Scepticism and dreaming

Philosophia 28 (1-4):373-390 (2001)
In a recent, and influential, article, Crispin Wright maintains that a familiar form of scepticismwhich finds its core expression in Descartes’ dreaming argumentcan be defused (or, to use Wright’s own parlance, “imploded”), by showing how it employs self-defeating reasoning. I offer two fundamental reasons for rejecting Wright’s ‘implosion’ of scepticism. On the one hand, I argue that, even by Wright’s own lights, it is unclear whether there is a sceptical argument to implode in the first place. On the other, I claim that even on the supposition that Wright has indeed succeeded in setting-up such an argument, he nevertheless fails to follow-through with an adequate response. A diagnosis of the failure of Wright’s approach is then given in the context of the wider sceptical debate.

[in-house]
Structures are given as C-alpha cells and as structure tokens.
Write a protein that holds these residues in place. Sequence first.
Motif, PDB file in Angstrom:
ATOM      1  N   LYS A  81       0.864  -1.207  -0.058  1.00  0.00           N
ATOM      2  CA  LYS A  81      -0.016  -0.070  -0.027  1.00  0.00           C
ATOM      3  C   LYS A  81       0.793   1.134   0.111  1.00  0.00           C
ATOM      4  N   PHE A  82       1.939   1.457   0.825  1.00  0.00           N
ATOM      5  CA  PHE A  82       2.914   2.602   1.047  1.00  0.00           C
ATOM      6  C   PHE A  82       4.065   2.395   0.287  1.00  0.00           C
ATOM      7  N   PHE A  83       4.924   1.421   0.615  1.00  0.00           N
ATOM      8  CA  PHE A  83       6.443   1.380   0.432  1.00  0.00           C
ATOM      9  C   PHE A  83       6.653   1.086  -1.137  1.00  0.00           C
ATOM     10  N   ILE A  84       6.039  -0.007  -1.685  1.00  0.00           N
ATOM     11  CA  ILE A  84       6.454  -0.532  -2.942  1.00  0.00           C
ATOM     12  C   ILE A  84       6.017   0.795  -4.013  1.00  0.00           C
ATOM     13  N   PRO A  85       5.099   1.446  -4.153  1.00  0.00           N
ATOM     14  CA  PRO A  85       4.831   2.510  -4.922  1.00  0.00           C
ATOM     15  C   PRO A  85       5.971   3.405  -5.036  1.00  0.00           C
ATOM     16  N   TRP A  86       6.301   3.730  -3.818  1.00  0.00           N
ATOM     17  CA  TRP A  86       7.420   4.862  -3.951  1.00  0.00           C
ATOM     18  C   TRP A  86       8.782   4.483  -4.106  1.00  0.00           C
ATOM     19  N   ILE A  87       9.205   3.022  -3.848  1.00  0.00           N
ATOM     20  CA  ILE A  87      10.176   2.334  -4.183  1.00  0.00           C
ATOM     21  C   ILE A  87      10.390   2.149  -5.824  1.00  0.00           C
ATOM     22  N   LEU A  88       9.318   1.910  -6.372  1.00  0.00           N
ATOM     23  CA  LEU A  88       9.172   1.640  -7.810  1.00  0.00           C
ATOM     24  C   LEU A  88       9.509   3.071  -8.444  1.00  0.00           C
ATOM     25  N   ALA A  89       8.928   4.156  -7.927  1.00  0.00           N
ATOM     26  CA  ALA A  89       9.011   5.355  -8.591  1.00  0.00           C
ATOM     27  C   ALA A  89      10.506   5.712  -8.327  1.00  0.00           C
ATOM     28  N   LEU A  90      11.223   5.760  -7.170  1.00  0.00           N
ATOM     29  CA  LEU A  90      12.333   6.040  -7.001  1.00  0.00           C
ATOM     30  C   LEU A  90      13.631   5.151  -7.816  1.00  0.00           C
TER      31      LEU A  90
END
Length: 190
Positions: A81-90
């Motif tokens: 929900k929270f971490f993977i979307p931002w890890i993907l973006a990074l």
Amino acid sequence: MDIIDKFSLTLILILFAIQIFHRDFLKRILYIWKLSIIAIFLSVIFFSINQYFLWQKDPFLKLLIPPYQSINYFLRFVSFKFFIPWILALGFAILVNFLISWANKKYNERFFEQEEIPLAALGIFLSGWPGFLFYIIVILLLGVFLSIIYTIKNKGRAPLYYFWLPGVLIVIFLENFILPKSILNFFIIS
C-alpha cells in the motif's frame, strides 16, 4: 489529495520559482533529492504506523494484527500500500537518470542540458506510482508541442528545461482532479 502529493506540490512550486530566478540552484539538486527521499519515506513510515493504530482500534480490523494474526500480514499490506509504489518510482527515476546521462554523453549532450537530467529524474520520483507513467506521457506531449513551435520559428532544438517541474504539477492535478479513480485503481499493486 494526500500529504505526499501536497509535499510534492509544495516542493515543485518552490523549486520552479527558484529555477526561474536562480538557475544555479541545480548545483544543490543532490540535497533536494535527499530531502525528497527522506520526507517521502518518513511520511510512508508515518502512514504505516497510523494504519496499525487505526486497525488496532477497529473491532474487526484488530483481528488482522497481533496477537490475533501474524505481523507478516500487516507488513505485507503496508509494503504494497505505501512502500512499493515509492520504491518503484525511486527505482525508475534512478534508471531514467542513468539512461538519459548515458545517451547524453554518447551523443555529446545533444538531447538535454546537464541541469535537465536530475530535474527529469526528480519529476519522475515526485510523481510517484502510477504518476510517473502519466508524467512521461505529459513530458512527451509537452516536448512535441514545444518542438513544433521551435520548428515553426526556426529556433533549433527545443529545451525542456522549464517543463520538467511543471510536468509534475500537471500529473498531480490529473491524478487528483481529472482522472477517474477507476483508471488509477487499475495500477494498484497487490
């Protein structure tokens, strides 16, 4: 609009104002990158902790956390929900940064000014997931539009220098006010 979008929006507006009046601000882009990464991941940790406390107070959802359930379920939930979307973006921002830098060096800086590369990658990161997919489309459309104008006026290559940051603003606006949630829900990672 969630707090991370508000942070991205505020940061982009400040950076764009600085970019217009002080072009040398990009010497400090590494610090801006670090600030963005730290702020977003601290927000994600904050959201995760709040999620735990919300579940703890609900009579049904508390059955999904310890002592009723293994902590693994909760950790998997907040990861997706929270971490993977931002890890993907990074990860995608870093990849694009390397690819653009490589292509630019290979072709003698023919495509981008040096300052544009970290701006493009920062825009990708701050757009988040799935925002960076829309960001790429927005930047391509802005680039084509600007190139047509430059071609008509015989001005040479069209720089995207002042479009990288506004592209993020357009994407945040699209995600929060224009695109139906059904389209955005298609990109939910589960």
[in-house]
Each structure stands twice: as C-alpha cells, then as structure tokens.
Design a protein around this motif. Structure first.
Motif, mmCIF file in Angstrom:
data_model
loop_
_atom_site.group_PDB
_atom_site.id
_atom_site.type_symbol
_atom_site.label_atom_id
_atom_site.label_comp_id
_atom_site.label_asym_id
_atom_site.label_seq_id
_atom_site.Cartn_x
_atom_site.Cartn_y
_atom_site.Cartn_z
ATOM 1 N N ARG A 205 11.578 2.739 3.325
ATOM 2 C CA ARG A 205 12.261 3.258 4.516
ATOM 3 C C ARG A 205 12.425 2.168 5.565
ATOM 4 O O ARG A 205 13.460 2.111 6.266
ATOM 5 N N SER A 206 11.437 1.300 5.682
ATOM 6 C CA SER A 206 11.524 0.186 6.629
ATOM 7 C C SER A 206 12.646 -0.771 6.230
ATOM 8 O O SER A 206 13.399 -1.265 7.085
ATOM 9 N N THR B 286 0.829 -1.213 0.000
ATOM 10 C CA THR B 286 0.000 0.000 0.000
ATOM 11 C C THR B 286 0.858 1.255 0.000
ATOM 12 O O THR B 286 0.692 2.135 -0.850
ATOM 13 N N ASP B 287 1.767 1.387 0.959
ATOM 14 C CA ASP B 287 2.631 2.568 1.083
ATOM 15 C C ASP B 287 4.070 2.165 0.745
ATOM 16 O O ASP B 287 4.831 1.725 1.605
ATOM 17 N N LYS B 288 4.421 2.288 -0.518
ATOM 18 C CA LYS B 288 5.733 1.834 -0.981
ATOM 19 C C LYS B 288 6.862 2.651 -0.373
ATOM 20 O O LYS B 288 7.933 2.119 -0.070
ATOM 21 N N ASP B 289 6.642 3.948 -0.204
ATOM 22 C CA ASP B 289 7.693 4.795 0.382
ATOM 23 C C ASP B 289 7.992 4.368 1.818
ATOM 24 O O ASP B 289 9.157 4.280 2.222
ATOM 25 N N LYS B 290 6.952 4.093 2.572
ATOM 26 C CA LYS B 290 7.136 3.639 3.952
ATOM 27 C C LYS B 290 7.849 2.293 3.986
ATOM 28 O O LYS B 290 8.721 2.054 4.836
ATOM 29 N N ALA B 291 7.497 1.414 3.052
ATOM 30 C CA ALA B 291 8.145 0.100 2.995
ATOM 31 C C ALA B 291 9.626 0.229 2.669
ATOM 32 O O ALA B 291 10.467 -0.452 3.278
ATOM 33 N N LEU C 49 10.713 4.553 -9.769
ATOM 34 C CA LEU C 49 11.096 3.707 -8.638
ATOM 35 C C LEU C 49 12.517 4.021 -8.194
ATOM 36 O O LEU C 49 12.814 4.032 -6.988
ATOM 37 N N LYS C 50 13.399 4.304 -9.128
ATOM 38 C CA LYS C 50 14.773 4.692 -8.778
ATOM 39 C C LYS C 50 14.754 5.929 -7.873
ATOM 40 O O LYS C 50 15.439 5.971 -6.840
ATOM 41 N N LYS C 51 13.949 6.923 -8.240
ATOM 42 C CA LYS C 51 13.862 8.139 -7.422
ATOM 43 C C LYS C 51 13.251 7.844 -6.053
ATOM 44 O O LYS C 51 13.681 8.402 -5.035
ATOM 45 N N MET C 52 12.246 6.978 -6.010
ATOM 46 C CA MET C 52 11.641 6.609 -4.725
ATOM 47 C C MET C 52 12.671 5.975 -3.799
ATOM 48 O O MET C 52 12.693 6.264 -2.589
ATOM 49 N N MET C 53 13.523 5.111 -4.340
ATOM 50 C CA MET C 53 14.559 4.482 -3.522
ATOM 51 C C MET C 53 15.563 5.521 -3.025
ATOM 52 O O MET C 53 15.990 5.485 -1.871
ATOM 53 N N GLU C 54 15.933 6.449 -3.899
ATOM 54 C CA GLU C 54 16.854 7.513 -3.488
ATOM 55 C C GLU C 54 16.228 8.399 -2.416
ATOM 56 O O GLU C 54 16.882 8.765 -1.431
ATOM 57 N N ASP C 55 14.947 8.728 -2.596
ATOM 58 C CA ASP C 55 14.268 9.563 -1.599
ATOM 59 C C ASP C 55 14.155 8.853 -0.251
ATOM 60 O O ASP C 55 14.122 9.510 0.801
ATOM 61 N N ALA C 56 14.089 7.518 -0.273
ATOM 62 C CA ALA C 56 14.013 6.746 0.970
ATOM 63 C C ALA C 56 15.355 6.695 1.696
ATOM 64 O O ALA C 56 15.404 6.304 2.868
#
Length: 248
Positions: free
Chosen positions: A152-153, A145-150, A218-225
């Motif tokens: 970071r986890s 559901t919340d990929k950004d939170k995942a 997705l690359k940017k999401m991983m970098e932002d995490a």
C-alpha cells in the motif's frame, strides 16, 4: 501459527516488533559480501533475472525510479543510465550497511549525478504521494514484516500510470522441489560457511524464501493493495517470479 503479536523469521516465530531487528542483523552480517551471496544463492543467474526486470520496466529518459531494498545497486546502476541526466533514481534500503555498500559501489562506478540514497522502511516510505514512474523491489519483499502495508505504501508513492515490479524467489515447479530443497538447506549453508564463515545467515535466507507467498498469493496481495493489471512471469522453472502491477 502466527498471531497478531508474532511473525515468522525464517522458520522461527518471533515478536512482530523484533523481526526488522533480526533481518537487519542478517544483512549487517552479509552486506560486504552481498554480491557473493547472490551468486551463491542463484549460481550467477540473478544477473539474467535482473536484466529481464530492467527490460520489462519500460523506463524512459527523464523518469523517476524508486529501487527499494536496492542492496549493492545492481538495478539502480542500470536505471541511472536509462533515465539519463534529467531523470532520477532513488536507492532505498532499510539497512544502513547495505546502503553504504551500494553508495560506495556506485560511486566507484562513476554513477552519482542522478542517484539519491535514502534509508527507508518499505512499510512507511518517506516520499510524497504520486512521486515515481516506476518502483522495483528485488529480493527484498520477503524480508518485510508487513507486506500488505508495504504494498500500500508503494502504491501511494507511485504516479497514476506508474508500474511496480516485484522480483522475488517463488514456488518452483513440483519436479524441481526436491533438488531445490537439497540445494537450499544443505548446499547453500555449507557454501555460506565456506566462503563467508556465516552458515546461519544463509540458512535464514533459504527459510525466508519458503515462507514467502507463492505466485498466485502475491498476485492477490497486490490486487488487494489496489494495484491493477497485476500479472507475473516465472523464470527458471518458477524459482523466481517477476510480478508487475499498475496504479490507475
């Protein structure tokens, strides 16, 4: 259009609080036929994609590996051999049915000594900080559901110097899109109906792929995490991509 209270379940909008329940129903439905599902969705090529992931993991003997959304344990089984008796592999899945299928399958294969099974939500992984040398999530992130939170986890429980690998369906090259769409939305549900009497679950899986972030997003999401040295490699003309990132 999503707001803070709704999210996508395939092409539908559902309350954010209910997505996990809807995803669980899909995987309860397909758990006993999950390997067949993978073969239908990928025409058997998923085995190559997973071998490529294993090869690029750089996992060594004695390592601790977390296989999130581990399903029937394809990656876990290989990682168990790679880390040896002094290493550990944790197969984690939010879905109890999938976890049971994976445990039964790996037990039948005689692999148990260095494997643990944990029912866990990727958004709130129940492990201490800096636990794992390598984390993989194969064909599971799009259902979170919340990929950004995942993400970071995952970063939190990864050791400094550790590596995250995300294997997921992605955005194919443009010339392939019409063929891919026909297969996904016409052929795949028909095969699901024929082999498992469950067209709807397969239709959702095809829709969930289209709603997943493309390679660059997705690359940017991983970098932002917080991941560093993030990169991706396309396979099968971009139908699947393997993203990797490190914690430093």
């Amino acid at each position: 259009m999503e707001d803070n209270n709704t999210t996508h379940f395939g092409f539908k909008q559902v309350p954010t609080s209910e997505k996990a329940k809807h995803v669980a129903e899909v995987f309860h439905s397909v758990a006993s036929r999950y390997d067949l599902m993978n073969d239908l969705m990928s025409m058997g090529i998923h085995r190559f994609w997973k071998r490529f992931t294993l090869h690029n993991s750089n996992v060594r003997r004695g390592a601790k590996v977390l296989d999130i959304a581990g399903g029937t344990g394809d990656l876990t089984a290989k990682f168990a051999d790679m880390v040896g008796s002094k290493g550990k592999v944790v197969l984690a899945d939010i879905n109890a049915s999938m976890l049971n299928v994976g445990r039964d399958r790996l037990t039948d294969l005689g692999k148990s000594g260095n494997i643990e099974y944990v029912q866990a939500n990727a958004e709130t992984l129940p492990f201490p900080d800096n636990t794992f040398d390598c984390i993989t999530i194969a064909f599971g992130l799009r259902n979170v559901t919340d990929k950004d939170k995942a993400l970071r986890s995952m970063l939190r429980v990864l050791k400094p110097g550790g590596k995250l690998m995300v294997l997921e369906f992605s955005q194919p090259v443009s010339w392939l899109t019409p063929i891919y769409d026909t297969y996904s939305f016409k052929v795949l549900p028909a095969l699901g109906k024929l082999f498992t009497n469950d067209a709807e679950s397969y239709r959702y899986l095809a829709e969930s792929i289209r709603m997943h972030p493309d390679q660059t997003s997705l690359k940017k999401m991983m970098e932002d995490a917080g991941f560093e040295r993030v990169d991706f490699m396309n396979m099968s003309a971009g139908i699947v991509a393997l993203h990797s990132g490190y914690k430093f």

Keywords Philosophy   Philosophy   Epistemology   Ethics   Philosophy of Language   Philosophy of Mind   Philosophy of Science
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Reprint years 2006
DOI 10.1007/BF02379788
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